The Hollywood producers of Silicon Valley.
Venture Capital (VC) firms are the Hollywood studios of Silicon Valley. If a writer/director wants to get a movie made, they need money, so they need to pitch the movie to studio executives at the Hollywood studios, who provide the financing for the movie and then also take a cut of the box office gross. More compelling movies from more famous writers or directors get better deal terms or more money.
In the same way, if an entrepreneur (or “founder” in Silicon Valley parlance) wants to start a startup, they have to pitch an executive (called a “VC”) at a VC fund, who will provide money in exchange for some share of the eventual profits. The more compelling the ideas and the founders are, the better the terms that the VC will give.
Unlike in the movie case, startups typically need to raise money multiple times as they grow, from many different funds. Each time they raise money is called a “round” of financing, and the terms for each round are different. The first round is called the “seed round” and is typically hundreds of thousands to low millions, and is often provided by individual investors, called ‘angels’. The first round raised from an actual VC fund is called the Series A (usually $5-15 million), and each subsequent round goes down the alphabet, like Series B, Series C, etc., until the company goes out of business, gets bought by another company, or goes public (IPO).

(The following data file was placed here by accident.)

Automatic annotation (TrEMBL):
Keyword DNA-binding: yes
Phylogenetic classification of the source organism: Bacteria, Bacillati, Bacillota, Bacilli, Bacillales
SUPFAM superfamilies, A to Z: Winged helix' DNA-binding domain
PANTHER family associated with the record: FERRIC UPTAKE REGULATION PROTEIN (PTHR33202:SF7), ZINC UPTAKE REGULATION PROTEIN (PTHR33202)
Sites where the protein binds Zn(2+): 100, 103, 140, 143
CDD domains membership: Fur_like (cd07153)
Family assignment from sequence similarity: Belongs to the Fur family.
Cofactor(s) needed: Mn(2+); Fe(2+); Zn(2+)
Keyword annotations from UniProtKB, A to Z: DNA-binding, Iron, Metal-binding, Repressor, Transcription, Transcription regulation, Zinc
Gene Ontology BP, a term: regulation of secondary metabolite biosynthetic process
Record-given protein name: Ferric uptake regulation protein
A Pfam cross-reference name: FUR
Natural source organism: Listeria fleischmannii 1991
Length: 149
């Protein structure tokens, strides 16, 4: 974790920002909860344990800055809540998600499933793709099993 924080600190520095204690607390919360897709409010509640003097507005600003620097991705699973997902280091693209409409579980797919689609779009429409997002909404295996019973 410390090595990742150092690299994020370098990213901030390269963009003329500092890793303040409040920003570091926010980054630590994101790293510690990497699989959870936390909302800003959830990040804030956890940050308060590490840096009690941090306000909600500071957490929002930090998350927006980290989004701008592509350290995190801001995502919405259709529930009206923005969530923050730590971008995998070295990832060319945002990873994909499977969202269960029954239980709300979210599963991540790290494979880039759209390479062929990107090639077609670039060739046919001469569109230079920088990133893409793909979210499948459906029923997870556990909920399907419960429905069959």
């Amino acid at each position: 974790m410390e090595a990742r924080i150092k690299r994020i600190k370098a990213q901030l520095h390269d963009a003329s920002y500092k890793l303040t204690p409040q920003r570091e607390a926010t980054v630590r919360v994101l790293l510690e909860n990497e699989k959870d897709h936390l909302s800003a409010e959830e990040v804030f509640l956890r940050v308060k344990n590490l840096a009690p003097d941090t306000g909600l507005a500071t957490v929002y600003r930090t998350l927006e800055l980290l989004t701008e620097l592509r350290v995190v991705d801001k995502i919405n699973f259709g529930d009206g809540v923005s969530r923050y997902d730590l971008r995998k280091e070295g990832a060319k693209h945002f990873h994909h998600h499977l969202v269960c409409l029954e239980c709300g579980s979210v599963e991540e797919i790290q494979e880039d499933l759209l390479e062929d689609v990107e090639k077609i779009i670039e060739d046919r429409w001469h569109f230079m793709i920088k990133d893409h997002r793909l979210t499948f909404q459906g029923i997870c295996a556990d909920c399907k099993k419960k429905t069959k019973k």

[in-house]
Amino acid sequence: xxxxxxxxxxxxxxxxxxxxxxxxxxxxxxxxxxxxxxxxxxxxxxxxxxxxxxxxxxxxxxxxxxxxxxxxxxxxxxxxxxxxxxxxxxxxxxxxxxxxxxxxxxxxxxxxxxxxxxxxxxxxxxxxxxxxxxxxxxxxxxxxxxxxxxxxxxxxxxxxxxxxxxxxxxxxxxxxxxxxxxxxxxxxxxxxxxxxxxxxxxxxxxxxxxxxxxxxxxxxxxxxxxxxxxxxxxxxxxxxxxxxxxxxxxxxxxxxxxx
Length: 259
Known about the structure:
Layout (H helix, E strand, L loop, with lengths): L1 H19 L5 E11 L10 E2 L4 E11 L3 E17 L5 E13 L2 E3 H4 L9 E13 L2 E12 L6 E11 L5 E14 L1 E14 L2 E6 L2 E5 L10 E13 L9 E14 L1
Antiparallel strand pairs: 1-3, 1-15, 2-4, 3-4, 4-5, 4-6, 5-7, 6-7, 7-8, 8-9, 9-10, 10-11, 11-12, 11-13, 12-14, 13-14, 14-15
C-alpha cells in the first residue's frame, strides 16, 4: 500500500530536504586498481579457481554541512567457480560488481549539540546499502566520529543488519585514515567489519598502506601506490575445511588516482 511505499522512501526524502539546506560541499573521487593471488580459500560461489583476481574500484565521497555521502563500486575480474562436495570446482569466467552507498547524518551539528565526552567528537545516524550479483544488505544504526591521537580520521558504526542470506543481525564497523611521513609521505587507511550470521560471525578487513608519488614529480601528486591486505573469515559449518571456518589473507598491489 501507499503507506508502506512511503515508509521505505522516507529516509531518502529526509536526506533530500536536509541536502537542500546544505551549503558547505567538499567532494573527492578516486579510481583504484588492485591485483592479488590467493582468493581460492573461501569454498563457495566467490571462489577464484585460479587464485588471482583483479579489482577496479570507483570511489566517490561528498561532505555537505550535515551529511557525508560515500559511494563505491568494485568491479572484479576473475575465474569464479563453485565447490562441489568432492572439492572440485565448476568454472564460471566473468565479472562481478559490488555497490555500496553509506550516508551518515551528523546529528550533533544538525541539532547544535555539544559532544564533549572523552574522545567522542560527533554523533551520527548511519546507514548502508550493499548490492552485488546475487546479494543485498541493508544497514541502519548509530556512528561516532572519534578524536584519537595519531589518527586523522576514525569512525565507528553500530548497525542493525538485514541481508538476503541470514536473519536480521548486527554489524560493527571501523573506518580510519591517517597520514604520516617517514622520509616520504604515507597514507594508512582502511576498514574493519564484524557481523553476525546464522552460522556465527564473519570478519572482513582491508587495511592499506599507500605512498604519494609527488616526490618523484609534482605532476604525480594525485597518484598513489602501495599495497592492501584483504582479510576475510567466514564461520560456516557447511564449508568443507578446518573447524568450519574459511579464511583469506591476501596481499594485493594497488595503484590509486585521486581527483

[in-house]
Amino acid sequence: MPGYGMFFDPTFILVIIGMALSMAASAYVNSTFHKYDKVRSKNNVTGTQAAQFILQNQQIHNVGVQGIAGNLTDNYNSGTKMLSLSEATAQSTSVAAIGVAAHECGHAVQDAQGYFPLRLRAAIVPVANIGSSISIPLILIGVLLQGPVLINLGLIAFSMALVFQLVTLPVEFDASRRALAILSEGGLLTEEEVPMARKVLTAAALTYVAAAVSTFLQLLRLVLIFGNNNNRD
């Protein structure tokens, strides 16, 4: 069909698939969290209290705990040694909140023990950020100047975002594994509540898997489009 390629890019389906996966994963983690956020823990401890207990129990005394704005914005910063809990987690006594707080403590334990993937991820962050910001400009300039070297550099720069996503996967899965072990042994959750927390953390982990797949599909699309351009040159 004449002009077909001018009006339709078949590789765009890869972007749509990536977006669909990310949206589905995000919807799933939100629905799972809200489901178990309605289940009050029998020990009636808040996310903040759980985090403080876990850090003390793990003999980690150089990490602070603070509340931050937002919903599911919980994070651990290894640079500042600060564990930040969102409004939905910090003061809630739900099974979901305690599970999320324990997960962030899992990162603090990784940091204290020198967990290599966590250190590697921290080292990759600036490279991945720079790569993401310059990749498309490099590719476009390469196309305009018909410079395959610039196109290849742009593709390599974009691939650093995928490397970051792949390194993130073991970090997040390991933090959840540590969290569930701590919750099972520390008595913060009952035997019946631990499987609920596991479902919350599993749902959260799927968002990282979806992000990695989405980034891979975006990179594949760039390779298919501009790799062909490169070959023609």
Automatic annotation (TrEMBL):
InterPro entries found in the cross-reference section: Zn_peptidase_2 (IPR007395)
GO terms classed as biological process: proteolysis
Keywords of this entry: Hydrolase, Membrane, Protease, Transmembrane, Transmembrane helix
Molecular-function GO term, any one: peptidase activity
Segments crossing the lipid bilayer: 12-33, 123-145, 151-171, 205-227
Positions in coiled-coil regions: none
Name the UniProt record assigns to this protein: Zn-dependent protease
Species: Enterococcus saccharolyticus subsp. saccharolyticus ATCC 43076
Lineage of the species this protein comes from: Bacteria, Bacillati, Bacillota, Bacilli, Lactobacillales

Weird founders may need to raise money from weird places, just like weird movies or weird performers may need to get money from weird places, such as (sometimes but not always dodgy) foreign sovereign investment funds. Founders think of founders the same way writers think of writers. Founders think of VCs the same way writers think about studio execs. VCs think about VCs the same way studio execs think about studio execs. Let’s leave it at that.